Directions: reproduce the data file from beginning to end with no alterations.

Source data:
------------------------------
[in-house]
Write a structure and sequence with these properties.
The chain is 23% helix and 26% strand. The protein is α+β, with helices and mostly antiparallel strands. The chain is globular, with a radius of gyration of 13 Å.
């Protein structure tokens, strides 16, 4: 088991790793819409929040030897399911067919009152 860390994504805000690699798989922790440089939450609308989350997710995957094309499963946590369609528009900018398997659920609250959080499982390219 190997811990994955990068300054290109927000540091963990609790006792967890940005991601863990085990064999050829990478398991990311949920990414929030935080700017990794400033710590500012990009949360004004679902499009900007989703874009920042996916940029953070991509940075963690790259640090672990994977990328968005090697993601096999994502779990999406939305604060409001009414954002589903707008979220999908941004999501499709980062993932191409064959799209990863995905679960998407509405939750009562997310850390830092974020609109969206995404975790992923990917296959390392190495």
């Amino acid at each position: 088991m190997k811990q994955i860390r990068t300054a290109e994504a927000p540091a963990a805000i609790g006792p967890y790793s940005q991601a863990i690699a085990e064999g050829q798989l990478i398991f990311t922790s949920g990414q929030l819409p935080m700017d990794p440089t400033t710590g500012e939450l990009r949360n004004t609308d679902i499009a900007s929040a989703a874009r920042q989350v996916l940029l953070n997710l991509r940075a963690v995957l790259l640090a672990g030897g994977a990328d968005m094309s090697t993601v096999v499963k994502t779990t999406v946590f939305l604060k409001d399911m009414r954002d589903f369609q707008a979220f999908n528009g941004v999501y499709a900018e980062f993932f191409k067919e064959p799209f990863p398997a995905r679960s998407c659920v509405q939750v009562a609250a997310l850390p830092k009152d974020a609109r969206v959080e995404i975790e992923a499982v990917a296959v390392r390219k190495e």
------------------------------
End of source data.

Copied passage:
[in-house]
Write a structure and sequence with these properties.
The chain is 23% helix and 26% strand. The protein is α+β, with helices and mostly antiparallel strands. The chain is globular, with a radius of gyration of 13 Å.
């Protein structure tokens, strides 16, 4: 088991790793819409929040030897399911067919009152 860390994504805000690699798989922790440089939450609308989350997710995957094309499963946590369609528009900018398997659920609250959080499982390219 190997811990994955990068300054290109927000540091963990609790006792967890940005991601863990085990064999050829990478398991990311949920990414929030935080700017990794400033710590500012990009949360004004679902499009900007989703874009920042996916940029953070991509940075963690790259640090672990994977990328968005090697993601096999994502779990999406939305604060409001009414954002589903707008979220999908941004999501499709980062993932191409064959799209990863995905679960998407509405939750009562997310850390830092974020609109969206995404975790992923990917296959390392190495």
């Amino acid at each position: 088991m190997k811990q994955i860390r990068t300054a290109e994504a927000p540091a963990a805000i609790g006792p967890y790793s940005q991601a863990i690699a085990e064999g050829q798989l990478i398991f990311t922790s949920g990414q929030l819409p935080m700017d990794p440089t400033t710590g500012e939450l990009r949360n004004t609308d679902i499009a900007s929040a989703a874009r920042q989350v996916l940029l953070n997710l991509r940075a963690v995957l790259l640090a672990g030897g994977a990328d968005m094309s090697t993601v096999v499963k994502t779990t999406v946590f939305l604060k409001d399911m009414r954002d589903f369609q707008a979220f999908n528009g941004v999501y499709a900018e980062f993932f191409k067919e064959p799209f990863p398997a995905r679960s998407c659920v509405q939750v009562a609250a997310l850390p830092k009152d974020a609109r969206v959080e995404i975790e992923a499982v990917a296959v390392r390219k190495e």